Some recipes also use egg, which is the French custard style and some recipes are egg free, which are the American or Philadelphia style. Altogether, I counted 26 different ice cream flavors that are peanut, tree nut, and egg free, 5 of which do not require an ice cream maker. Unfortunately for Nut Free Wok readers with milk allergies, most, if not all, of the recipes use milk ingredients. I suggest that people with milk allergies preview the book online or from a public library as there might be some helpful suggestions in Part 1 to help you adapt the recipes.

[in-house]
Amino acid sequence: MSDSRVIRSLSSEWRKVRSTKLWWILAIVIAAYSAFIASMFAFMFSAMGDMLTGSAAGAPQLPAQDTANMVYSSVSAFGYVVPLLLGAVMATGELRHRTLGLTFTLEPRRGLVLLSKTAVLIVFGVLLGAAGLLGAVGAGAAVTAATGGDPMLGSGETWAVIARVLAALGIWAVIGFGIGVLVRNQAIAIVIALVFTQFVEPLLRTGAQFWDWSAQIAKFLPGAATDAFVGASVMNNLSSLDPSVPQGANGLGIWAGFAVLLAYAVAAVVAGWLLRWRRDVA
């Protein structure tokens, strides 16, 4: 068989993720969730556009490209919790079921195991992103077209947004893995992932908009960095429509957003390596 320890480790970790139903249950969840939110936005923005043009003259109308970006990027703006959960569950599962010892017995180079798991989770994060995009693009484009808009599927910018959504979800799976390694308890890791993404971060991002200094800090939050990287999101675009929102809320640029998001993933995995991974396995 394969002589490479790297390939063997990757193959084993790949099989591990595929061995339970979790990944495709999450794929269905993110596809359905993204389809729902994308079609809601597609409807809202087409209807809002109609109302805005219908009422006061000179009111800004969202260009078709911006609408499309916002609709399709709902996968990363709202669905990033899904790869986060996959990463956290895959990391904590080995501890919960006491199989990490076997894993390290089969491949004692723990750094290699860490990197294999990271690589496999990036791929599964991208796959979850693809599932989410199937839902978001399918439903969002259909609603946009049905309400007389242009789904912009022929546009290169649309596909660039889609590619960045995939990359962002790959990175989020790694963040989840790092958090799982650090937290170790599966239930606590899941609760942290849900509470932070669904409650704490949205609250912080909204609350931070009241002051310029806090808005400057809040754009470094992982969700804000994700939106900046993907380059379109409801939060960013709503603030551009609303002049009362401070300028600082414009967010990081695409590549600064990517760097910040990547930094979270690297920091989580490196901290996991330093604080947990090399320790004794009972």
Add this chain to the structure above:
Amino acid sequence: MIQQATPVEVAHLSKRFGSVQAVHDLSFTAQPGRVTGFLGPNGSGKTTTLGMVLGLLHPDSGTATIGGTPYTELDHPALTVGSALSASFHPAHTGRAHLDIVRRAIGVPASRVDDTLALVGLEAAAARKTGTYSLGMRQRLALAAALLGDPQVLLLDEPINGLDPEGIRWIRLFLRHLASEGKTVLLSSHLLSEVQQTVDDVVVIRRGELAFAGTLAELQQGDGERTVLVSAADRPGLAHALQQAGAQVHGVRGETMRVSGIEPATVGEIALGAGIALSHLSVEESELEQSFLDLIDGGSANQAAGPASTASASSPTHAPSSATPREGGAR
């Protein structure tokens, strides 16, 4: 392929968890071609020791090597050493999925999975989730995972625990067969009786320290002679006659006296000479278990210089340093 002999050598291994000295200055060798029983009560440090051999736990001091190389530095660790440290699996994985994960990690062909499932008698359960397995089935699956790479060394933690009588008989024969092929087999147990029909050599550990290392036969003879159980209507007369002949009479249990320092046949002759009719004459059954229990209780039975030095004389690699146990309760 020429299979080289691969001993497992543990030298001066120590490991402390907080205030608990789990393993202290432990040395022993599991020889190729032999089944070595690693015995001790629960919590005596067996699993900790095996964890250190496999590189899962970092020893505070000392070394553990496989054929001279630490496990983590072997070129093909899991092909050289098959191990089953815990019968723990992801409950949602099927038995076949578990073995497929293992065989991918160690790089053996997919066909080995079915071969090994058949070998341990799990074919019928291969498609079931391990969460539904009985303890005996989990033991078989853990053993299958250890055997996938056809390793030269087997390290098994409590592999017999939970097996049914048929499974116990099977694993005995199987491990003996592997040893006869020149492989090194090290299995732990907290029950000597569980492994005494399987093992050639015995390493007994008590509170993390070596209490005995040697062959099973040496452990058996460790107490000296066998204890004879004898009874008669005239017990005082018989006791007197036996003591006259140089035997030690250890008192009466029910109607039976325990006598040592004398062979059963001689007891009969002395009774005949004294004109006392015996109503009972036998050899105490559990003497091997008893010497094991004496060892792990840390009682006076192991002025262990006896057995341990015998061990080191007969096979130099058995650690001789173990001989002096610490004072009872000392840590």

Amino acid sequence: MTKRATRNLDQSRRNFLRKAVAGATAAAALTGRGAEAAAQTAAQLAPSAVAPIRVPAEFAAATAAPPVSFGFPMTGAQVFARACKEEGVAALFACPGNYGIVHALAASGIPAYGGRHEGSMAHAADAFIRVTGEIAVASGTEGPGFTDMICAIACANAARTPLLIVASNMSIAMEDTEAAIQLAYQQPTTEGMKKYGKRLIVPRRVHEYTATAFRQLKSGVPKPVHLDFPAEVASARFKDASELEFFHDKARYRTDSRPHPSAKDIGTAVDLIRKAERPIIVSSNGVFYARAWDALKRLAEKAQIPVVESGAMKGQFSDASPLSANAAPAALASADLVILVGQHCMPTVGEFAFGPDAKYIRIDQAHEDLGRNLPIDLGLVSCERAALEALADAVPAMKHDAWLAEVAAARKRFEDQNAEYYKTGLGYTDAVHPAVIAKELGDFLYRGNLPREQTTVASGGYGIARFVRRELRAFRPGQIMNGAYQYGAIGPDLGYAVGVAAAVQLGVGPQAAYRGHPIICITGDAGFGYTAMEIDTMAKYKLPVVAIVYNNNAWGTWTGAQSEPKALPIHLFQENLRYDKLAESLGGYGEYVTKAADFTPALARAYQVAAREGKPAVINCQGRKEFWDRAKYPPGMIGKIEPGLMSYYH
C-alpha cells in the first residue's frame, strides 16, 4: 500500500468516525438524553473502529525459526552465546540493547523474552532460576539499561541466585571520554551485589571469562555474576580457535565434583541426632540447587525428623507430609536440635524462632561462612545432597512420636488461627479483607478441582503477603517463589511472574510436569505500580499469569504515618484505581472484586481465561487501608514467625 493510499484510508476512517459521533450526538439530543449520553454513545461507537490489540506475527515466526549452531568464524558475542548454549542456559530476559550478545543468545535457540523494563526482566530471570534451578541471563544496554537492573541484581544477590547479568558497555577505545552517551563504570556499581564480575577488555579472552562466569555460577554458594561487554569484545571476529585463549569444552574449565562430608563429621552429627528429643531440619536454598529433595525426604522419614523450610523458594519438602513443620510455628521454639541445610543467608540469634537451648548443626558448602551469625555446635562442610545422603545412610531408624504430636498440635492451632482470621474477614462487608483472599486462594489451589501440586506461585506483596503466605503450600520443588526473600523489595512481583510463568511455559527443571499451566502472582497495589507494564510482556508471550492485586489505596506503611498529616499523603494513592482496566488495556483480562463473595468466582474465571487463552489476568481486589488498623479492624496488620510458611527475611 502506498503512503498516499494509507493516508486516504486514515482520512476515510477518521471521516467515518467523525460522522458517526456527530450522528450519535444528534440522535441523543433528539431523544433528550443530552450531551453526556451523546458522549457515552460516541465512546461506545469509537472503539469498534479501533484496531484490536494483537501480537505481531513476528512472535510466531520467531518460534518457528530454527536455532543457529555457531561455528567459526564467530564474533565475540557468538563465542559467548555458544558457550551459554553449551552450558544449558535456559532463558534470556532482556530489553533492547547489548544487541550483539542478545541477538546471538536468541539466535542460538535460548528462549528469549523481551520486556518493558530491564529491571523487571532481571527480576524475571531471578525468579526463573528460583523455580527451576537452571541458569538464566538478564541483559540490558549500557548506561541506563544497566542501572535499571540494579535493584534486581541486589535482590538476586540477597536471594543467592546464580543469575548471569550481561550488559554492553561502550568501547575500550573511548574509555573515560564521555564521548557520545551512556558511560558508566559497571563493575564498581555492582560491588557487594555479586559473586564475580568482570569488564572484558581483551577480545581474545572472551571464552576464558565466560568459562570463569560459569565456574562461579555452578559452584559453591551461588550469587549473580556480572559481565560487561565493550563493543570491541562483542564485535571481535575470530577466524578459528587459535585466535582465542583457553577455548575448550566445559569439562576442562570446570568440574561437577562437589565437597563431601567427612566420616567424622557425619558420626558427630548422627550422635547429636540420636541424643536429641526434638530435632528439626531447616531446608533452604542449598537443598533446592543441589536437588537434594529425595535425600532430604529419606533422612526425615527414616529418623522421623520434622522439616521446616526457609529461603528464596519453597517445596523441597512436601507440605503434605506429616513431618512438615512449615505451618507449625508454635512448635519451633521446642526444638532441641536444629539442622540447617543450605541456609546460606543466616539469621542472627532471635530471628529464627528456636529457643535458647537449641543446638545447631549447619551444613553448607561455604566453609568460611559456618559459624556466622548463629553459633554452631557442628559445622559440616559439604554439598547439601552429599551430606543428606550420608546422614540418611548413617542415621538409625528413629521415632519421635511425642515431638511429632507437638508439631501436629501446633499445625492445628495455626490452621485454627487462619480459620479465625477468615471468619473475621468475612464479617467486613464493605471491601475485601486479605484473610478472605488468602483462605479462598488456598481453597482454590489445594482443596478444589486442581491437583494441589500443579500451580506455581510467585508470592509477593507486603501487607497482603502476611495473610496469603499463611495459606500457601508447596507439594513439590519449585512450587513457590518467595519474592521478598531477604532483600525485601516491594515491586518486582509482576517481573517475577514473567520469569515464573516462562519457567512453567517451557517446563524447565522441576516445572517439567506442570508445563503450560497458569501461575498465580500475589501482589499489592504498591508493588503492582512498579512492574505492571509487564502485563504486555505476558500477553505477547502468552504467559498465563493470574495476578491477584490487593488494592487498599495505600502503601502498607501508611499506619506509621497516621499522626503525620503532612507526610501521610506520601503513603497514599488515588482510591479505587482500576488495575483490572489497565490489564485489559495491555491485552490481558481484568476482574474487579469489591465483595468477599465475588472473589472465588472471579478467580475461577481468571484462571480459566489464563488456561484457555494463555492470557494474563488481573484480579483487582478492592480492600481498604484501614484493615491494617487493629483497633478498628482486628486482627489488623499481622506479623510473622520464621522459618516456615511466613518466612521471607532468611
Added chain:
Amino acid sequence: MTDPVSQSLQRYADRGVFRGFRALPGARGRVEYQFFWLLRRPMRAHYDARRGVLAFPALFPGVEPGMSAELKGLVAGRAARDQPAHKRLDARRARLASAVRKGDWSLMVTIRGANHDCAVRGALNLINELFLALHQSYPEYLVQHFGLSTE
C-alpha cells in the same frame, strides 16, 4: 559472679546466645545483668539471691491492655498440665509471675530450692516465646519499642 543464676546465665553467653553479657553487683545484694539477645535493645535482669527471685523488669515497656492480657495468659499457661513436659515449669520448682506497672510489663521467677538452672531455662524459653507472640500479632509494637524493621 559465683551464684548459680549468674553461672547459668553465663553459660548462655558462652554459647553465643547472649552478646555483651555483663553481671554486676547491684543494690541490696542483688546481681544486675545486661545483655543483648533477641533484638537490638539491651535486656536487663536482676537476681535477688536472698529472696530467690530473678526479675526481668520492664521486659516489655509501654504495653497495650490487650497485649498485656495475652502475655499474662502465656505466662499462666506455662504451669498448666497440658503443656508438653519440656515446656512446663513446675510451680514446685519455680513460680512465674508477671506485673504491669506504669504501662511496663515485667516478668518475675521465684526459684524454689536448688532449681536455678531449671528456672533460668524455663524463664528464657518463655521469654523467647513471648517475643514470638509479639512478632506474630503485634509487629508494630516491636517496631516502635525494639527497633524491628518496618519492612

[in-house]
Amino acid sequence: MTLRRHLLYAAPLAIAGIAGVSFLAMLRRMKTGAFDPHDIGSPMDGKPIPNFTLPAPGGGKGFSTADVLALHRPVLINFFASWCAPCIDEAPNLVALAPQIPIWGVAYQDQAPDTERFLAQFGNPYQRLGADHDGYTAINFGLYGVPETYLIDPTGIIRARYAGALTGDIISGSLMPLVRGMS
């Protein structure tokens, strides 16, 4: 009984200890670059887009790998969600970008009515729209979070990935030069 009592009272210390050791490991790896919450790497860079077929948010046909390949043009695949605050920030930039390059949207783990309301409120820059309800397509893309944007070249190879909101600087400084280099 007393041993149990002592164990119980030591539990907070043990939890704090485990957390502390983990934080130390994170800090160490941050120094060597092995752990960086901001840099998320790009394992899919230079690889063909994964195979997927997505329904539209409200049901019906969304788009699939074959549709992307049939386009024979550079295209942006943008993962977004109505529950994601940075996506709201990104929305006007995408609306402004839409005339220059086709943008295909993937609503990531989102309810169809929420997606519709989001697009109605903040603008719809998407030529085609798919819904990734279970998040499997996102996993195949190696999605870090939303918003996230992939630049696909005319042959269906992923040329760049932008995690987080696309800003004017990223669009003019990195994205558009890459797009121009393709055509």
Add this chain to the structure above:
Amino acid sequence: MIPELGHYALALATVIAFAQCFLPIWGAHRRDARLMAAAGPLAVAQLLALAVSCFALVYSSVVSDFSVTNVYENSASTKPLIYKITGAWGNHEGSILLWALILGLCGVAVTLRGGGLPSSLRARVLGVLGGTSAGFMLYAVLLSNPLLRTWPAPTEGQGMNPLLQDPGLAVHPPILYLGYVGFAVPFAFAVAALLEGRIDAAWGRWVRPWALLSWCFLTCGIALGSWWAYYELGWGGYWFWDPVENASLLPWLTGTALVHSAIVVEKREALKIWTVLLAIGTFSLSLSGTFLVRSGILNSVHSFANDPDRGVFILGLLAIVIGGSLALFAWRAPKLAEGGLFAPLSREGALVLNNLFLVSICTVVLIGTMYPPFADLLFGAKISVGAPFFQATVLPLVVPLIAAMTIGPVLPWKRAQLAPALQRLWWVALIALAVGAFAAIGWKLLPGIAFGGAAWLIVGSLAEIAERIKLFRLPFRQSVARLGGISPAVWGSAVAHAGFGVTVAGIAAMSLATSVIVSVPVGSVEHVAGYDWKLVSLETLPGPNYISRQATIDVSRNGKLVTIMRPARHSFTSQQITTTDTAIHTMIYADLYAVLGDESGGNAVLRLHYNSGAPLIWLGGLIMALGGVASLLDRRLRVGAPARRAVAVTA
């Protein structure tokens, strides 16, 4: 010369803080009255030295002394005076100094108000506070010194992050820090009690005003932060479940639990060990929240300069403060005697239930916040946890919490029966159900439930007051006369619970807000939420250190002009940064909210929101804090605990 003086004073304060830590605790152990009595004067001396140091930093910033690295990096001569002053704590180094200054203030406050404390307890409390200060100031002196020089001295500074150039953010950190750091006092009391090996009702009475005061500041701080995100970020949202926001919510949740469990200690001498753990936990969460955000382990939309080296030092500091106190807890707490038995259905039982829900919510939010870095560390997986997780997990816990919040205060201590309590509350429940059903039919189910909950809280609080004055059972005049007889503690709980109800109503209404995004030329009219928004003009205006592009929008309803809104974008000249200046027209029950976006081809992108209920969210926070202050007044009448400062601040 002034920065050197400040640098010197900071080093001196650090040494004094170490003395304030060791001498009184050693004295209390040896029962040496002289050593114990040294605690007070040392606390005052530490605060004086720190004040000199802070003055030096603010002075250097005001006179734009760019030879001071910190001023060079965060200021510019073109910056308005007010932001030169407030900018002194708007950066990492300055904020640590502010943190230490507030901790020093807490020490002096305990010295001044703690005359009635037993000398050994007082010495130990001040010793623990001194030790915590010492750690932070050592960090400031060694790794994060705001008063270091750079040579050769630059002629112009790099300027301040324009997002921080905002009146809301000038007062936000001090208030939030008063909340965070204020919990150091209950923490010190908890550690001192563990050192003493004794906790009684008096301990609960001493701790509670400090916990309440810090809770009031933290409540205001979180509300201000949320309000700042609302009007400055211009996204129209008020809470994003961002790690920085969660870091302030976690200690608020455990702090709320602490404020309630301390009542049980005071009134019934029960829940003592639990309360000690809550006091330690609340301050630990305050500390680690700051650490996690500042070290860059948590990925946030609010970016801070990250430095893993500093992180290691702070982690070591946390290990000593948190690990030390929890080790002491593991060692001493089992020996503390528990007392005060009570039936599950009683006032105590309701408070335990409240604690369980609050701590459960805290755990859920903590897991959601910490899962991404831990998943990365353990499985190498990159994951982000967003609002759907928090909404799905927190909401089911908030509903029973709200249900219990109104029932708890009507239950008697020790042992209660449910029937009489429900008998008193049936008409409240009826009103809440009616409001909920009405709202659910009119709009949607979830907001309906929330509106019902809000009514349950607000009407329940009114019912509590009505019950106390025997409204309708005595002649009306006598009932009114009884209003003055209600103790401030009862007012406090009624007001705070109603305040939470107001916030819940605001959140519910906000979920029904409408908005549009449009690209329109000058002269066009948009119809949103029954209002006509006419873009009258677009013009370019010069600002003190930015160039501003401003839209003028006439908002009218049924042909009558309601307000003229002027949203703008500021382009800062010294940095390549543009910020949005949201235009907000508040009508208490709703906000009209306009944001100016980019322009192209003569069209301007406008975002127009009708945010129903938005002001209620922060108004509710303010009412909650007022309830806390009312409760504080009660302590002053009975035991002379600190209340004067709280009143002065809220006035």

And the results….
We tried the American Style Vanilla Bean and Peaches and Cream recipes, both were outstanding and a huge improvement over the recipes provided in our Cuisinart’s owner’s manual. The explanations shared in Part 1 of the book helped me understand how to make ice cream in greater detail and helped me resist the urge to make ice cream “healthier” by using less sugar or non-fat milk instead of heavy cream. Each recipe uses about 1 quart of ingredients, which seems to be the right amount for the freezer bowl. Even though the ice cream maker’s capacity is 2 quarts, a one quart recipe is much easier to manage. Both of Weston’s recipes that we tried tasted great, with just the right amount of sweetness and creaminess, and gave us hope that making our own delicious ice cream was within our abilities as novice ice cream makers.